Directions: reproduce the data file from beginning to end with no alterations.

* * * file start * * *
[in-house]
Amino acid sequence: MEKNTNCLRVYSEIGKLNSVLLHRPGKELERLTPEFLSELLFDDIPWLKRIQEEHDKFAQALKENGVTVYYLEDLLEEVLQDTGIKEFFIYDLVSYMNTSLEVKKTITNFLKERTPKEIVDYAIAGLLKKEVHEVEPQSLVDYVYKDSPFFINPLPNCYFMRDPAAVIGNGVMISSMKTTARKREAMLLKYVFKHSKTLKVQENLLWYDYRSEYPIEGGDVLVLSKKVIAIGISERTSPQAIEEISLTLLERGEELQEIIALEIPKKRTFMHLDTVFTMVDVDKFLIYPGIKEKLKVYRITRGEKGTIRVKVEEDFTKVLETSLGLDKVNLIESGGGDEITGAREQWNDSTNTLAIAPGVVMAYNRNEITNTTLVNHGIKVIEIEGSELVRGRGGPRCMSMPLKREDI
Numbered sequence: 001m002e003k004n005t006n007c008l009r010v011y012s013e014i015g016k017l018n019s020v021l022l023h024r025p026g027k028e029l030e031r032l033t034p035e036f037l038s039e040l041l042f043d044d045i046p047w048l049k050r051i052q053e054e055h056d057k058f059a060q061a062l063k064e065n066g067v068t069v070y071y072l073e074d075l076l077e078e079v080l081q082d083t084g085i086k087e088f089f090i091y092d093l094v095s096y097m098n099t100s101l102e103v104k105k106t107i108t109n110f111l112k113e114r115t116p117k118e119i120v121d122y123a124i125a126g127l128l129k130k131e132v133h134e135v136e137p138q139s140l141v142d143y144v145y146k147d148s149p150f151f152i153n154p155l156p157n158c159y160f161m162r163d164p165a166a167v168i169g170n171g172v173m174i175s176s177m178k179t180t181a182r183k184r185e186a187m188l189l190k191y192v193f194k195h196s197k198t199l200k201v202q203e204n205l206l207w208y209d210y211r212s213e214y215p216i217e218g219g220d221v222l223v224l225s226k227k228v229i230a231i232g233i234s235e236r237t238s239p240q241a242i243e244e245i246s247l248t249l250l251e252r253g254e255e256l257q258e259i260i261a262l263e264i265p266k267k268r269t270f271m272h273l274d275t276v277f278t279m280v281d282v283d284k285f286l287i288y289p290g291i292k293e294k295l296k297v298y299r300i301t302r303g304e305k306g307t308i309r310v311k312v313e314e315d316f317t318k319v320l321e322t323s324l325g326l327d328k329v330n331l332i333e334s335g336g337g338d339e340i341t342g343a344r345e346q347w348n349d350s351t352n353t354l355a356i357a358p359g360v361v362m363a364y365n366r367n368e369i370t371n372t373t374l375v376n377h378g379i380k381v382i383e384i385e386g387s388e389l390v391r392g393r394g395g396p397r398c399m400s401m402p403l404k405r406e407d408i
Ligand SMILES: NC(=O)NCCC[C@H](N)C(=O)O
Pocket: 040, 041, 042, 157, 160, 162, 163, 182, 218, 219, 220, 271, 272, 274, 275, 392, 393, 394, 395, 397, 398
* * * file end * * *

[in-house]
Amino acid sequence: MEKNTNCLRVYSEIGKLNSVLLHRPGKELERLTPEFLSELLFDDIPWLKRIQEEHDKFAQALKENGVTVYYLEDLLEEVLQDTGIKEFFIYDLVSYMNTSLEVKKTITNFLKERTPKEIVDYAIAGLLKKEVHEVEPQSLVDYVYKDSPFFINPLPNCYFMRDPAAVIGNGVMISSMKTTARKREAMLLKYVFKHSKTLKVQENLLWYDYRSEYPIEGGDVLVLSKKVIAIGISERTSPQAIEEISLTLLERGEELQEIIALEIPKKRTFMHLDTVFTMVDVDKFLIYPGIKEKLKVYRITRGEKGTIRVKVEEDFTKVLETSLGLDKVNLIESGGGDEITGAREQWNDSTNTLAIAPGVVMAYNRNEITNTTLVNHGIKVIEIEGSELVRGRGGPRCMSMPLKREDI
Numbered sequence: 001m002e003k004n005t006n007c008l009r010v011y012s013e014i015g016k017l018n019s020v021l022l023h024r025p026g027k028e029l030e031r032l033t034p035e036f037l038s039e040l041l042f043d044d045i046p047w048l049k050r051i052q053e054e055h056d057k058f059a060q061a062l063k064e065n066g067v068t069v070y071y072l073e074d075l076l077e078e079v080l081q082d083t084g085i086k087e088f089f090i091y092d093l094v095s096y097m098n099t100s101l102e103v104k105k106t107i108t109n110f111l112k113e114r115t116p117k118e119i120v121d122y123a124i125a126g127l128l129k130k131e132v133h134e135v136e137p138q139s140l141v142d143y144v145y146k147d148s149p150f151f152i153n154p155l156p157n158c159y160f161m162r163d164p165a166a167v168i169g170n171g172v173m174i175s176s177m178k179t180t181a182r183k184r185e186a187m188l189l190k191y192v193f194k195h196s197k198t199l200k201v202q203e204n205l206l207w208y209d210y211r212s213e214y215p216i217e218g219g220d221v222l223v224l225s226k227k228v229i230a231i232g233i234s235e236r237t238s239p240q241a242i243e244e245i246s247l248t249l250l251e252r253g254e255e256l257q258e259i260i261a262l263e264i265p266k267k268r269t270f271m272h273l274d275t276v277f278t279m280v281d282v283d284k285f286l287i288y289p290g291i292k293e294k295l296k297v298y299r300i301t302r303g304e305k306g307t308i309r310v311k312v313e314e315d316f317t318k319v320l321e322t323s324l325g326l327d328k329v330n331l332i333e334s335g336g337g338d339e340i341t342g343a344r345e346q347w348n349d350s351t352n353t354l355a356i357a358p359g360v361v362m363a364y365n366r367n368e369i370t371n372t373t374l375v376n377h378g379i380k381v382i383e384i385e386g387s388e389l390v391r392g393r394g395g396p397r398c399m400s401m402p403l404k405r406e407d408i
Ligand SMILES: NC(=O)NCCC[C@H](N)C(=O)O
Pocket: 040, 041, 042, 157, 160, 162, 163, 182, 218, 219, 220, 271, 272, 274, 275, 392, 393, 394, 395, 397, 398